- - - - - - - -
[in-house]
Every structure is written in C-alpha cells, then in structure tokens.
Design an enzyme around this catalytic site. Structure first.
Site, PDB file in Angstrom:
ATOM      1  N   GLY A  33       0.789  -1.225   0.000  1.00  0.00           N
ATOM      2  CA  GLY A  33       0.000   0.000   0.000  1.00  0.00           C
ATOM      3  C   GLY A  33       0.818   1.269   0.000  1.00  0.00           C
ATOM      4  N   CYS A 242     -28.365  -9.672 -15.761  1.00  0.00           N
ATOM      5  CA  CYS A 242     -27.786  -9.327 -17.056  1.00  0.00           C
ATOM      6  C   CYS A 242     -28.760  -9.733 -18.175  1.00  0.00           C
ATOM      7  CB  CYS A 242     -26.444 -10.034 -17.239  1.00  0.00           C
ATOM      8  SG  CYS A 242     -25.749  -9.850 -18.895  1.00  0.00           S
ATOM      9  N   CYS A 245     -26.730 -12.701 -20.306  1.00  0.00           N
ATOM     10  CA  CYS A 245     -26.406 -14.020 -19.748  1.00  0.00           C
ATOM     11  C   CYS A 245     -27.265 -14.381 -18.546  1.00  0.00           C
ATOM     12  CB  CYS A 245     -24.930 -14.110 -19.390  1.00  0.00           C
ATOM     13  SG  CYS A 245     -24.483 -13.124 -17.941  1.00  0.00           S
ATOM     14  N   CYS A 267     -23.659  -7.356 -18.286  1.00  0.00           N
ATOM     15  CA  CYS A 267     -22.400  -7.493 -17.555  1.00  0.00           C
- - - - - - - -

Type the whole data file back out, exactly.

[in-house]
Every structure is written in C-alpha cells, then in structure tokens.
Design an enzyme around this catalytic site. Structure first.
Site, PDB file in Angstrom:
ATOM      1  N   GLY A  33       0.789  -1.225   0.000  1.00  0.00           N
ATOM      2  CA  GLY A  33       0.000   0.000   0.000  1.00  0.00           C
ATOM      3  C   GLY A  33       0.818   1.269   0.000  1.00  0.00           C
ATOM      4  N   CYS A 242     -28.365  -9.672 -15.761  1.00  0.00           N
ATOM      5  CA  CYS A 242     -27.786  -9.327 -17.056  1.00  0.00           C
ATOM      6  C   CYS A 242     -28.760  -9.733 -18.175  1.00  0.00           C
ATOM      7  CB  CYS A 242     -26.444 -10.034 -17.239  1.00  0.00           C
ATOM      8  SG  CYS A 242     -25.749  -9.850 -18.895  1.00  0.00           S
ATOM      9  N   CYS A 245     -26.730 -12.701 -20.306  1.00  0.00           N
ATOM     10  CA  CYS A 245     -26.406 -14.020 -19.748  1.00  0.00           C
ATOM     11  C   CYS A 245     -27.265 -14.381 -18.546  1.00  0.00           C
ATOM     12  CB  CYS A 245     -24.930 -14.110 -19.390  1.00  0.00           C
ATOM     13  SG  CYS A 245     -24.483 -13.124 -17.941  1.00  0.00           S
ATOM     14  N   CYS A 267     -23.659  -7.356 -18.286  1.00  0.00           N
ATOM     15  CA  CYS A 267     -22.400  -7.493 -17.555  1.00  0.00           C